Republican voters are angry. They are really, really, very, very angry. They are so angry that they are flocking to a reality show star, real estate developer named Trump. They want him to be their champion. They believe that he can be elected and that he is totally competent to do the job of POTUS.
For the last two presidential elections Republicans nominated candidates who were supposed to be electable. Now they seem drawn, like moths to a flame, to candidates who are decidedly not electable. Apparently they believe that since the electable candidates did not get elected the unelectable Trump is just the trick.
Thus does anger cloud one’s judgment. Keep in mind, that there are many different ways to express anger. Some people—I won’t name names—believe that the best way to express anger and to convince people of the depth and intensity of their rage—they imagine that the more intense it is the more true it is—is to burn down their neighborhood.
Surely, this convinces people that you are angry. It does not, however, accomplish anything positive.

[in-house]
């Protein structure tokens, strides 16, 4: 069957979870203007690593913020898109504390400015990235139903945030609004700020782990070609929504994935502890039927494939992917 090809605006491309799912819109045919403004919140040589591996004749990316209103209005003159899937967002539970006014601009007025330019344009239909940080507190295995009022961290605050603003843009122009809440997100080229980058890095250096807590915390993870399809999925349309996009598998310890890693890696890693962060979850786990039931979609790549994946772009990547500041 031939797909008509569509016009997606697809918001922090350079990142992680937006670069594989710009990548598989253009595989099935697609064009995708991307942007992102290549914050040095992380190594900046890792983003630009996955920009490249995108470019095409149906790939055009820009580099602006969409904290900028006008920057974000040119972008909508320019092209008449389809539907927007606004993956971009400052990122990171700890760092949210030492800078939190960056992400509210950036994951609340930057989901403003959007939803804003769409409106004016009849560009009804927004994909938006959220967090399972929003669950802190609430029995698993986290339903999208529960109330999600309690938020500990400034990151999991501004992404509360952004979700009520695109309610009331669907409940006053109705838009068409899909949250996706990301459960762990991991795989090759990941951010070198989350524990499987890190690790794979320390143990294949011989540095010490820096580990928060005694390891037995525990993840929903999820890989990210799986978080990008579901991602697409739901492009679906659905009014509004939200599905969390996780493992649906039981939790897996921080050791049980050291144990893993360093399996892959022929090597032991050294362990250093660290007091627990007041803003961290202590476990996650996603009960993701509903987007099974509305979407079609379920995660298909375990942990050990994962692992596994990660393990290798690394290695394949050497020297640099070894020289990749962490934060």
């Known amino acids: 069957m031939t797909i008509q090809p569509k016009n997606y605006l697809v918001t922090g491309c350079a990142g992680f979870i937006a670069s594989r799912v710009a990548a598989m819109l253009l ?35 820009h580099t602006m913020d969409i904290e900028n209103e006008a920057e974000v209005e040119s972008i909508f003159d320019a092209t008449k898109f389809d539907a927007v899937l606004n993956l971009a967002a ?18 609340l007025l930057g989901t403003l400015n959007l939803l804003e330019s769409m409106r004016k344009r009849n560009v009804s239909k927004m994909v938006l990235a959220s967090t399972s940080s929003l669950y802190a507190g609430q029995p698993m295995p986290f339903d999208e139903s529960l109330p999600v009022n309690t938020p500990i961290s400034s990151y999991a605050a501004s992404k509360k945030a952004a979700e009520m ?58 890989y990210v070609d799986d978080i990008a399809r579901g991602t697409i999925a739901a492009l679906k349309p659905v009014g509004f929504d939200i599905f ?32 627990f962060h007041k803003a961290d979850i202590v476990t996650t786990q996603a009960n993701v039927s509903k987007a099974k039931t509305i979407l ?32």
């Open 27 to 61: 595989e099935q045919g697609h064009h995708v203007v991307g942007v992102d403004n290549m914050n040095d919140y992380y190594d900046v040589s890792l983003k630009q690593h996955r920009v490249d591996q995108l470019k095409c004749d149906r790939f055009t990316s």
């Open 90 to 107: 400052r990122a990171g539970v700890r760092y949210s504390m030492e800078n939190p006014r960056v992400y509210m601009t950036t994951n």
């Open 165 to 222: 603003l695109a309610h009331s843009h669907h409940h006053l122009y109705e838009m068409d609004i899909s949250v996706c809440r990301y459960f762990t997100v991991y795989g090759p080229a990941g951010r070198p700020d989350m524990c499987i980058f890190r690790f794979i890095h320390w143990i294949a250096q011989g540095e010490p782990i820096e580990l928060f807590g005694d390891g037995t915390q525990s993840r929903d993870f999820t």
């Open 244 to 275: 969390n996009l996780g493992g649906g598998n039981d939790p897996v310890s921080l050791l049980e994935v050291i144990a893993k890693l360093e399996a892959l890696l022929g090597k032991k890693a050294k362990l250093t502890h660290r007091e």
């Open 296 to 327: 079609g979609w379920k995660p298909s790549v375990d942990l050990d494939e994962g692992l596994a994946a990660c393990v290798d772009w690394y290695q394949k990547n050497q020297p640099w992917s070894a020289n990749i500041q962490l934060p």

One might say that the surest sign of electability is having been elected. On that score, neither Trump nor Ben Carson nor Carly Fiorina, darlings of many Republicans, has any claim to electability.
Of course, Republican pollster Karen Soltis Anderson suggests that Republicans have now concluded that Trump is electable. And they also believe that he is perfectly capable of doing the job.
Again, the question is: based on what record? Some will float the example of Ronald Reagan, but Reagan walked into the White House after having had eight years of experiences as governor of California. Donald Trump, no government experience at all. The same applies to Carson and Fiorina.
We have heard the argument, coming from Trump, that all politicians are stupid, incompetent idiots. One recalls that, back in the day, politicians in New York were having trouble finishing off a skating rink in Central Park. A young Donald Trump took over the project from the band of incompetents and got the job done.
If you think that being president of the United States is like building a skating rink, then Trump is your man.
In the first place, Trump’s dismissal of governors who have good track records is glib and simple-minded. Some governors have made government work in their states, even in blue and purple states. About that, Trump has nothing to say.